Now that the U.S. Government is shutting down—and let’s hope that’s just a temporary situation—those of us who work for the national parks and many government agencies will have a little more time to think about we’re going to be wearing next spring. For those of you who haven’t even started to think about what to wear next week, I feel you. It’s ninety degrees in L.A. one day and seventy the next so I’m pretty much dressing according to the iPhone weather app.
Nevertheless, the marathon of fashion weeks that began in New York a month ago is nearly complete with just a couple more shows in Paris. Through it all, there has been sportiness almost to the point of athletic wear in Milan, totally see-through ensembles at Burberry in London, goddesses in gold, asylum inmates, stained glass and appliquéd flowers and the longest goddamned runway show in history. Now add to the list Rick Owen’s show of plus-sized step team dancers and you have a season marked more by weirdness than by any cohesive evolution in fashion.
There were some lovely moments here and there in the Paris shows, though, especially where designers are settling into their assignments at some of the most important houses. Riccardo Tisci came back on track at Givenchy with a calmer collection of pleated jersey inspired by Asian and African traditions shown around a smoking pileup of vintage luxury cars and Raf Simons produced a show for Christian Dior that was freer and prettier than his previous efforts. I’m not sold on the embroidered text on some pieces but new variations on the iconic Bar jacket worked well and the silvery ball gown looks that closed the show, especially those that incorporated a school badge motif, were fresh and fun.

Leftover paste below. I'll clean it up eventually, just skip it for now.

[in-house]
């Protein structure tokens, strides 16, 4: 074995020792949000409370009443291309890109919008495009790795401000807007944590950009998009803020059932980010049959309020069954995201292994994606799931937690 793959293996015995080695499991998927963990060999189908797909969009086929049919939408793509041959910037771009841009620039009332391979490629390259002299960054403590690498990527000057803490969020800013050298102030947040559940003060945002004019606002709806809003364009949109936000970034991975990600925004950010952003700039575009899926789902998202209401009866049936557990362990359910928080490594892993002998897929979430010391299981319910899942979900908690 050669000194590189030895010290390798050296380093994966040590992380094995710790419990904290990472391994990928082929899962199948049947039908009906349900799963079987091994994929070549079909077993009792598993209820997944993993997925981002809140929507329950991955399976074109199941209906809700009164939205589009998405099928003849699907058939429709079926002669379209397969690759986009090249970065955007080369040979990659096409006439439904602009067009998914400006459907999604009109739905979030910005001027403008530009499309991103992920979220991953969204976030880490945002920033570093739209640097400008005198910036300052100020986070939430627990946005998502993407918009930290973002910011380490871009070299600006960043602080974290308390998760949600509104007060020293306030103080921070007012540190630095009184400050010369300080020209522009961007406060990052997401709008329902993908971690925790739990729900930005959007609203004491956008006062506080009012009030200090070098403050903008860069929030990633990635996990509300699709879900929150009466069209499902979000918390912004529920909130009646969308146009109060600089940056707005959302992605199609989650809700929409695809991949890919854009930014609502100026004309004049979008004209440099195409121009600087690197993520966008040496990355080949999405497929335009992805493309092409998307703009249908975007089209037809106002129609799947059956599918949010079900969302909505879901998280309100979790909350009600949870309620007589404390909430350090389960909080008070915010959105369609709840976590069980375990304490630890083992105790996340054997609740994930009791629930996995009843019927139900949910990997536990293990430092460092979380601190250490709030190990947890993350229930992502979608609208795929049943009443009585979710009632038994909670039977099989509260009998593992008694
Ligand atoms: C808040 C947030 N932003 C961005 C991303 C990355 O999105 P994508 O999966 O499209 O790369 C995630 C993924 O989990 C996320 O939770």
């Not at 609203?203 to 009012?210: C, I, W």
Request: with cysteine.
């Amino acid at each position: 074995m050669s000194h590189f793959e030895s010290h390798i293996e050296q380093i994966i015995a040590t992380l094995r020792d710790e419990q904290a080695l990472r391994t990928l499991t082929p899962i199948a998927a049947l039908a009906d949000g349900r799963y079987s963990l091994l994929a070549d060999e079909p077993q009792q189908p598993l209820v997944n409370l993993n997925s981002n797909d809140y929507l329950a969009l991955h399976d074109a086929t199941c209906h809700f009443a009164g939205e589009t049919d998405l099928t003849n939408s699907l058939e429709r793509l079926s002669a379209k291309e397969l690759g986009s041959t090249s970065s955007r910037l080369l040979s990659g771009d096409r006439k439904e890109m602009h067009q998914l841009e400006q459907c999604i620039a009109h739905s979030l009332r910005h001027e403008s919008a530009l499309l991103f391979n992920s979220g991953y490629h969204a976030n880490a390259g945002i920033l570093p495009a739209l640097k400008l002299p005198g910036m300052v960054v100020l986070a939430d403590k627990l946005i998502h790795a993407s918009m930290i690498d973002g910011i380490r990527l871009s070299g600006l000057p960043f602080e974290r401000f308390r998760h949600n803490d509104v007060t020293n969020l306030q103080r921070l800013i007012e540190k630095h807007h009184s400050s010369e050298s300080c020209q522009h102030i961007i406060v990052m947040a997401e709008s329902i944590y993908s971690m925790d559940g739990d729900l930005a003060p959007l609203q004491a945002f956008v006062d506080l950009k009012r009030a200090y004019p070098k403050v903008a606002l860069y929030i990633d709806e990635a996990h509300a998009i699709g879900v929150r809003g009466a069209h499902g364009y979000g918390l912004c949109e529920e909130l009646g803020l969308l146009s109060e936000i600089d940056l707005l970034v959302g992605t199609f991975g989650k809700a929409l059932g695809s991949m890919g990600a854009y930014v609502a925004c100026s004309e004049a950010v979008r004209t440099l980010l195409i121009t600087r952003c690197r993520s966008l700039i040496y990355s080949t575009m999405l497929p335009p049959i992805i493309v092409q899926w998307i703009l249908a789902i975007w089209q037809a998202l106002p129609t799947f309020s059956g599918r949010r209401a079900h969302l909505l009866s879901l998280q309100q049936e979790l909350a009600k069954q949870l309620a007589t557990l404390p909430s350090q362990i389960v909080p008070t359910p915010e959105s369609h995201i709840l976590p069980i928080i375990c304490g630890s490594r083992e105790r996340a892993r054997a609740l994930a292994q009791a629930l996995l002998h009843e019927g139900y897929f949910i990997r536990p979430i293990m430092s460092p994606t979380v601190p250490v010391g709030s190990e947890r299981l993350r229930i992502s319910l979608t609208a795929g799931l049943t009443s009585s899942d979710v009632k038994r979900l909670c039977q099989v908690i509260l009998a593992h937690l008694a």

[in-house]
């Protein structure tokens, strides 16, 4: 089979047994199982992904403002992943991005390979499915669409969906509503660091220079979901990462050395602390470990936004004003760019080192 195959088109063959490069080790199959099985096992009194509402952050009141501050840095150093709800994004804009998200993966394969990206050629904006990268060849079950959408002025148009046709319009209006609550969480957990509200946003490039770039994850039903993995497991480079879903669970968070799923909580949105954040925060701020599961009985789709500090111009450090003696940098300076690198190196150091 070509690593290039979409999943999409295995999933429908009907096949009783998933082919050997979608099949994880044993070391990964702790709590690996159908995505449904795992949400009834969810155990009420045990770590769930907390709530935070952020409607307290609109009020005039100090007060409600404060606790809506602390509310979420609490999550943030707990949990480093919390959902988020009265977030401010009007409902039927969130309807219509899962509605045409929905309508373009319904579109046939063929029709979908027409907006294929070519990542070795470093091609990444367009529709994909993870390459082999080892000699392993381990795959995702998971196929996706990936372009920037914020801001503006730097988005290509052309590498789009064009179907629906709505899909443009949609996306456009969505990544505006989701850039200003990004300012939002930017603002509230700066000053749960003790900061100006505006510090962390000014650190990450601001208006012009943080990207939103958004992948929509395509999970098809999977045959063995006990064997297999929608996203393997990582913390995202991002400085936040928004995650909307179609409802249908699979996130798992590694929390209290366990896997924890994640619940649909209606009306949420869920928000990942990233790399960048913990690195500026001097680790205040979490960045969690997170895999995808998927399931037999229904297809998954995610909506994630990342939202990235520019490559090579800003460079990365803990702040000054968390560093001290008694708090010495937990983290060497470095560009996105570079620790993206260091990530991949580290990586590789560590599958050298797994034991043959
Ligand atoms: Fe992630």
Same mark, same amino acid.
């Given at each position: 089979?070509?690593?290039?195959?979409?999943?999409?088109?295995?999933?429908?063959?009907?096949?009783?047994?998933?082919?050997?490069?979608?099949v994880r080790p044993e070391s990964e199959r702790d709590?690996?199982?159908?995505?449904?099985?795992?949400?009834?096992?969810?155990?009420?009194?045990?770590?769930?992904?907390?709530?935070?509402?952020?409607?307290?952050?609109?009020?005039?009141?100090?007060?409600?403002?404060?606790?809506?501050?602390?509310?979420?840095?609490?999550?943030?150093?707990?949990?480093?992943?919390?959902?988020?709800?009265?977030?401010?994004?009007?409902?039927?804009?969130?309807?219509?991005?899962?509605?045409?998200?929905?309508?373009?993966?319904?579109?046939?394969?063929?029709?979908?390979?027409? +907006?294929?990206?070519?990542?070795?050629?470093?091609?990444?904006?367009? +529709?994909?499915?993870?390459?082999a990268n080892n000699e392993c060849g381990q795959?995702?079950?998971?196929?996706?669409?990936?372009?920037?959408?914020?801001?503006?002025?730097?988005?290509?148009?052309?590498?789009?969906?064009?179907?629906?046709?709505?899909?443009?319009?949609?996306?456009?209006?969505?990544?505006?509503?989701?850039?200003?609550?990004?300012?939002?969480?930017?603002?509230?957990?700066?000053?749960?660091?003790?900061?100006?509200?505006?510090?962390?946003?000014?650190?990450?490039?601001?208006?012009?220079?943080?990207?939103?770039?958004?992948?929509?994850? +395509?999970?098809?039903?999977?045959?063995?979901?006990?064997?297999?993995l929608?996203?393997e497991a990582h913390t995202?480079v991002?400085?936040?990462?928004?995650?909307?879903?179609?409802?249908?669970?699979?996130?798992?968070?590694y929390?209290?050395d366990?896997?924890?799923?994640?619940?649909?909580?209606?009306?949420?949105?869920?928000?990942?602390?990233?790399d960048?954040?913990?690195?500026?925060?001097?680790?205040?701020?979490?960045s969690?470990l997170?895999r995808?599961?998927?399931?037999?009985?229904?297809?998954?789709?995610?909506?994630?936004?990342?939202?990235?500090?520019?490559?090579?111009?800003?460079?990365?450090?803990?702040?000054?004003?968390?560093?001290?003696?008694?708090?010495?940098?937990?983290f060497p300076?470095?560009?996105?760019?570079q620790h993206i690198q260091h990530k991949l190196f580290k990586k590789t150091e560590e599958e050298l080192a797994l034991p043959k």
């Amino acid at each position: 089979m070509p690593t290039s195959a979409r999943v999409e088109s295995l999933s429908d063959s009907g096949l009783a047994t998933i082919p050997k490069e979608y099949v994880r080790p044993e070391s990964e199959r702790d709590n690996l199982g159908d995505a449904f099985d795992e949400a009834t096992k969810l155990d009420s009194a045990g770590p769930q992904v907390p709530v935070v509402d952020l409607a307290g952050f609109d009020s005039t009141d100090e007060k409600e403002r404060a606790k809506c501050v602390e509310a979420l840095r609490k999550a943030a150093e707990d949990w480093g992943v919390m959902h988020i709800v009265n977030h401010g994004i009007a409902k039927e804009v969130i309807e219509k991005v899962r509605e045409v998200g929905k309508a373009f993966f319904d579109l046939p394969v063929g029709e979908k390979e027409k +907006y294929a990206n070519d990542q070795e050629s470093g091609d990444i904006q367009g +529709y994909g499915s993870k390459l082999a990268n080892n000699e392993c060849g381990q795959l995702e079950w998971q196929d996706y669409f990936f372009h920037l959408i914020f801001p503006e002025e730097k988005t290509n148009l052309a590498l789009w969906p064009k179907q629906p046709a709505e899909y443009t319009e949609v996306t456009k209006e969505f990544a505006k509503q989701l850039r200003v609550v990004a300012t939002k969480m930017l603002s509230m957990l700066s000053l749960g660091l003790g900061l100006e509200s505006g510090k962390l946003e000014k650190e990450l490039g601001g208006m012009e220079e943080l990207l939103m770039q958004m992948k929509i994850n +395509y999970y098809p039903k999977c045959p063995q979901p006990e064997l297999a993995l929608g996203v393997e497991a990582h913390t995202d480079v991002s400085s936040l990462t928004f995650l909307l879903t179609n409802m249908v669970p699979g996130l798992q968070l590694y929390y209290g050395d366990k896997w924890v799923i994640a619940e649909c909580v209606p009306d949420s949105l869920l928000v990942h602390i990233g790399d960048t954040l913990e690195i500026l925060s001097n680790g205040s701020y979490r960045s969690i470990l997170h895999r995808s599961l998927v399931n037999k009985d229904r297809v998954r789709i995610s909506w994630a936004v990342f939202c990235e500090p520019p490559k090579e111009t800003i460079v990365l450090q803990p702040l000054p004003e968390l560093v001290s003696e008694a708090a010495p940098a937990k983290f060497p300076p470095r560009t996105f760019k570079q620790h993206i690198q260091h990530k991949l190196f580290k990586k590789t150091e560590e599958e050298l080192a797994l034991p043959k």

Alexander Wang’s second outing at Balenciaga was also less of an homage and, even if I was initially puzzled by the decision to place him there, I think his street wear bent could reenergize the brand a bit. For spring, there was some great structure infused with sport elements like tanks and t-shirts.
I also noticed some new trends in Paris for Spring 2014, even though they may have already been emerging through the shows in the other three cities and I just didn’t catch them. That’s the thing about trend spotting: you might see African motifs in forty-seven other shows and only notice them in the forty-eighth. Here the African thing was big at Alexander McQueen and Givenchy and was masterfully combined with Roman princess austerity at Valentino.
Crazy multicolor madness also abounded, especially at Celine with big black brushstrokes, and at Chanel where they added some looks in head-to-toe raspberry but I’m not really having it because I’ve already lived through the Eighties. These color combinations were a little more sophisticated at Dior because they were toned down with lots of black but still not the best part of the collection. Finally, Saint Laurent got better with the skinny suits and Eighties prom dresses so a collective sigh went out on Monday but I was a much bigger fan of stepping back to the disco era with Lanvin’s All Metallic All The Time Dance Party! Every fucking thing on that runway was shiny and that little bastard still made it work. You gotta hand it to some people, I guess.